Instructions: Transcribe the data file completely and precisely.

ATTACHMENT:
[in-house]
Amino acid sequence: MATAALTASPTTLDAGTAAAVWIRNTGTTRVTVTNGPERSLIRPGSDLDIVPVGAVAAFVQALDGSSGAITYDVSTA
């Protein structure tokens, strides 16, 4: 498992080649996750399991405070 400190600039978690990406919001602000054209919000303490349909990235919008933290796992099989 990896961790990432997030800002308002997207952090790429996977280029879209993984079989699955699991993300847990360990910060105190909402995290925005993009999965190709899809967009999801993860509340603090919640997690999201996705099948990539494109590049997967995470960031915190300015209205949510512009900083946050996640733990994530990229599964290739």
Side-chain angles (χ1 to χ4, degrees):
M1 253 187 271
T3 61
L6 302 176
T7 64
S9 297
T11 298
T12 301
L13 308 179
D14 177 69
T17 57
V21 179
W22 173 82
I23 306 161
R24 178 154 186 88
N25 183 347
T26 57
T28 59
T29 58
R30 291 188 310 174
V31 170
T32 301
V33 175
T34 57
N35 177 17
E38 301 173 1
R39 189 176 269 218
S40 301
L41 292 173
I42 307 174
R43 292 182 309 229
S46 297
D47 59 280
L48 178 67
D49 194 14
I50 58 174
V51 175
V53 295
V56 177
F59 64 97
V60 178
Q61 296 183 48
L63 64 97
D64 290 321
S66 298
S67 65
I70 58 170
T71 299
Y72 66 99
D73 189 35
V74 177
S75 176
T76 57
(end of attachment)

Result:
[in-house]
Amino acid sequence: MATAALTASPTTLDAGTAAAVWIRNTGTTRVTVTNGPERSLIRPGSDLDIVPVGAVAAFVQALDGSSGAITYDVSTA
């Protein structure tokens, strides 16, 4: 498992080649996750399991405070 400190600039978690990406919001602000054209919000303490349909990235919008933290796992099989 990896961790990432997030800002308002997207952090790429996977280029879209993984079989699955699991993300847990360990910060105190909402995290925005993009999965190709899809967009999801993860509340603090919640997690999201996705099948990539494109590049997967995470960031915190300015209205949510512009900083946050996640733990994530990229599964290739």
Side-chain angles (χ1 to χ4, degrees):
M1 253 187 271
T3 61
L6 302 176
T7 64
S9 297
T11 298
T12 301
L13 308 179
D14 177 69
T17 57
V21 179
W22 173 82
I23 306 161
R24 178 154 186 88
N25 183 347
T26 57
T28 59
T29 58
R30 291 188 310 174
V31 170
T32 301
V33 175
T34 57
N35 177 17
E38 301 173 1
R39 189 176 269 218
S40 301
L41 292 173
I42 307 174
R43 292 182 309 229
S46 297
D47 59 280
L48 178 67
D49 194 14
I50 58 174
V51 175
V53 295
V56 177
F59 64 97
V60 178
Q61 296 183 48
L63 64 97
D64 290 321
S66 298
S67 65
I70 58 170
T71 299
Y72 66 99
D73 189 35
V74 177
S75 176
T76 57